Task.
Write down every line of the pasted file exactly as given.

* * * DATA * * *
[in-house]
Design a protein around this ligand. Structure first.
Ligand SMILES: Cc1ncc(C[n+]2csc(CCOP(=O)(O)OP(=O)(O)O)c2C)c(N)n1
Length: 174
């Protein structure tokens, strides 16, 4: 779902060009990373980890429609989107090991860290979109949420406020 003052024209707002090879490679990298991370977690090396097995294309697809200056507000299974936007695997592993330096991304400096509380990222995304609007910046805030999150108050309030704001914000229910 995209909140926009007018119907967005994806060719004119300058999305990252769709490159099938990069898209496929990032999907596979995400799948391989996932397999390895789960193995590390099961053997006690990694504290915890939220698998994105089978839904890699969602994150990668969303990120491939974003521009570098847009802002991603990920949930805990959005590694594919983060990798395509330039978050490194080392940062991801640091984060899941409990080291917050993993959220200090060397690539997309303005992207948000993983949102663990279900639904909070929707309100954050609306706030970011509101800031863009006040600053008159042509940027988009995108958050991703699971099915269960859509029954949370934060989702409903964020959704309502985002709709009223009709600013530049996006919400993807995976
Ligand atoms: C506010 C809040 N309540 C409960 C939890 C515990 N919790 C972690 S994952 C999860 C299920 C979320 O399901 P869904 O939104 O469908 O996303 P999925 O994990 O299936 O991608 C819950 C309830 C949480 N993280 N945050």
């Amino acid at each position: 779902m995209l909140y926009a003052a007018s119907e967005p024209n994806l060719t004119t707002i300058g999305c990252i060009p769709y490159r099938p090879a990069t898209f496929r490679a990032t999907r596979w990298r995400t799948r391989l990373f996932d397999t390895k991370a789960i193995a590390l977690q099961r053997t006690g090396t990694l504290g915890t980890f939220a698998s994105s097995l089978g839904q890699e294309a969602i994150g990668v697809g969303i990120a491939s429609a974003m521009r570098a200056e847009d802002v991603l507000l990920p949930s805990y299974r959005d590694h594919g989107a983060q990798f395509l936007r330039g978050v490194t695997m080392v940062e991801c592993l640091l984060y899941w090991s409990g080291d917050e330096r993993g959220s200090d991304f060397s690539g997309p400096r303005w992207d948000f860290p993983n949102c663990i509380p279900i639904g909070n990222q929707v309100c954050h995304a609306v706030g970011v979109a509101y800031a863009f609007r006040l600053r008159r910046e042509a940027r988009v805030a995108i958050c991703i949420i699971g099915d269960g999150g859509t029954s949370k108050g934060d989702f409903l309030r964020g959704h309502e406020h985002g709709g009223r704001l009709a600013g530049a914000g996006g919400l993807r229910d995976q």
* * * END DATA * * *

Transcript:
[in-house]
Design a protein around this ligand. Structure first.
Ligand SMILES: Cc1ncc(C[n+]2csc(CCOP(=O)(O)OP(=O)(O)O)c2C)c(N)n1
Length: 174
């Protein structure tokens, strides 16, 4: 779902060009990373980890429609989107090991860290979109949420406020 003052024209707002090879490679990298991370977690090396097995294309697809200056507000299974936007695997592993330096991304400096509380990222995304609007910046805030999150108050309030704001914000229910 995209909140926009007018119907967005994806060719004119300058999305990252769709490159099938990069898209496929990032999907596979995400799948391989996932397999390895789960193995590390099961053997006690990694504290915890939220698998994105089978839904890699969602994150990668969303990120491939974003521009570098847009802002991603990920949930805990959005590694594919983060990798395509330039978050490194080392940062991801640091984060899941409990080291917050993993959220200090060397690539997309303005992207948000993983949102663990279900639904909070929707309100954050609306706030970011509101800031863009006040600053008159042509940027988009995108958050991703699971099915269960859509029954949370934060989702409903964020959704309502985002709709009223009709600013530049996006919400993807995976
Ligand atoms: C506010 C809040 N309540 C409960 C939890 C515990 N919790 C972690 S994952 C999860 C299920 C979320 O399901 P869904 O939104 O469908 O996303 P999925 O994990 O299936 O991608 C819950 C309830 C949480 N993280 N945050």
């Amino acid at each position: 779902m995209l909140y926009a003052a007018s119907e967005p024209n994806l060719t004119t707002i300058g999305c990252i060009p769709y490159r099938p090879a990069t898209f496929r490679a990032t999907r596979w990298r995400t799948r391989l990373f996932d397999t390895k991370a789960i193995a590390l977690q099961r053997t006690g090396t990694l504290g915890t980890f939220a698998s994105s097995l089978g839904q890699e294309a969602i994150g990668v697809g969303i990120a491939s429609a974003m521009r570098a200056e847009d802002v991603l507000l990920p949930s805990y299974r959005d590694h594919g989107a983060q990798f395509l936007r330039g978050v490194t695997m080392v940062e991801c592993l640091l984060y899941w090991s409990g080291d917050e330096r993993g959220s200090d991304f060397s690539g997309p400096r303005w992207d948000f860290p993983n949102c663990i509380p279900i639904g909070n990222q929707v309100c954050h995304a609306v706030g970011v979109a509101y800031a863009f609007r006040l600053r008159r910046e042509a940027r988009v805030a995108i958050c991703i949420i699971g099915d269960g999150g859509t029954s949370k108050g934060d989702f409903l309030r964020g959704h309502e406020h985002g709709g009223r704001l009709a600013g530049a914000g996006g919400l993807r229910d995976q």